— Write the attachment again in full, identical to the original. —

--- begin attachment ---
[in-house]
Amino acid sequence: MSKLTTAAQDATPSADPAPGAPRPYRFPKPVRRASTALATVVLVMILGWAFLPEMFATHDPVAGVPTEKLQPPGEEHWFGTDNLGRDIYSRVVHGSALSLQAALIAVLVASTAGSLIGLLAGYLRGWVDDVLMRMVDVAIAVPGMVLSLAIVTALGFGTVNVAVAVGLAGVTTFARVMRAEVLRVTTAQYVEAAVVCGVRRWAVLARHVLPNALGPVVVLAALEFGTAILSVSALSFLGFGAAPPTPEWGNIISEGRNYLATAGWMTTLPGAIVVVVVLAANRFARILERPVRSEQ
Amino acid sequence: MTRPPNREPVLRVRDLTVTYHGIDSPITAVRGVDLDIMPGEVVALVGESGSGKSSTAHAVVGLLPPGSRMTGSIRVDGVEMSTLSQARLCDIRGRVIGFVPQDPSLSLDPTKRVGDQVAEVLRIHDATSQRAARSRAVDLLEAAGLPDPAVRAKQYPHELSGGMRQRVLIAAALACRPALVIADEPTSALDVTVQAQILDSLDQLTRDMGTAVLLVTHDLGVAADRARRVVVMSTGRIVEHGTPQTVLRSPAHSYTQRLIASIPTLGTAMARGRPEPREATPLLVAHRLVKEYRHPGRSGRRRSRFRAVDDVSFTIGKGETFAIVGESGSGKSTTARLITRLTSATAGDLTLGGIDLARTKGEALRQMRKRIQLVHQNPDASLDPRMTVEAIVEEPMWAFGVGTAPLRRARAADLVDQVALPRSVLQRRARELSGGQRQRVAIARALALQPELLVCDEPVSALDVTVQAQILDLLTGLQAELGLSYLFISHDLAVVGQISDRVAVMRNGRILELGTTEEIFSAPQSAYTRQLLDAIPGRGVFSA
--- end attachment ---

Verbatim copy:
[in-house]
Amino acid sequence: MSKLTTAAQDATPSADPAPGAPRPYRFPKPVRRASTALATVVLVMILGWAFLPEMFATHDPVAGVPTEKLQPPGEEHWFGTDNLGRDIYSRVVHGSALSLQAALIAVLVASTAGSLIGLLAGYLRGWVDDVLMRMVDVAIAVPGMVLSLAIVTALGFGTVNVAVAVGLAGVTTFARVMRAEVLRVTTAQYVEAAVVCGVRRWAVLARHVLPNALGPVVVLAALEFGTAILSVSALSFLGFGAAPPTPEWGNIISEGRNYLATAGWMTTLPGAIVVVVVLAANRFARILERPVRSEQ
Amino acid sequence: MTRPPNREPVLRVRDLTVTYHGIDSPITAVRGVDLDIMPGEVVALVGESGSGKSSTAHAVVGLLPPGSRMTGSIRVDGVEMSTLSQARLCDIRGRVIGFVPQDPSLSLDPTKRVGDQVAEVLRIHDATSQRAARSRAVDLLEAAGLPDPAVRAKQYPHELSGGMRQRVLIAAALACRPALVIADEPTSALDVTVQAQILDSLDQLTRDMGTAVLLVTHDLGVAADRARRVVVMSTGRIVEHGTPQTVLRSPAHSYTQRLIASIPTLGTAMARGRPEPREATPLLVAHRLVKEYRHPGRSGRRRSRFRAVDDVSFTIGKGETFAIVGESGSGKSTTARLITRLTSATAGDLTLGGIDLARTKGEALRQMRKRIQLVHQNPDASLDPRMTVEAIVEEPMWAFGVGTAPLRRARAADLVDQVALPRSVLQRRARELSGGQRQRVAIARALALQPELLVCDEPVSALDVTVQAQILDLLTGLQAELGLSYLFISHDLAVVGQISDRVAVMRNGRILELGTTEEIFSAPQSAYTRQLLDAIPGRGVFSA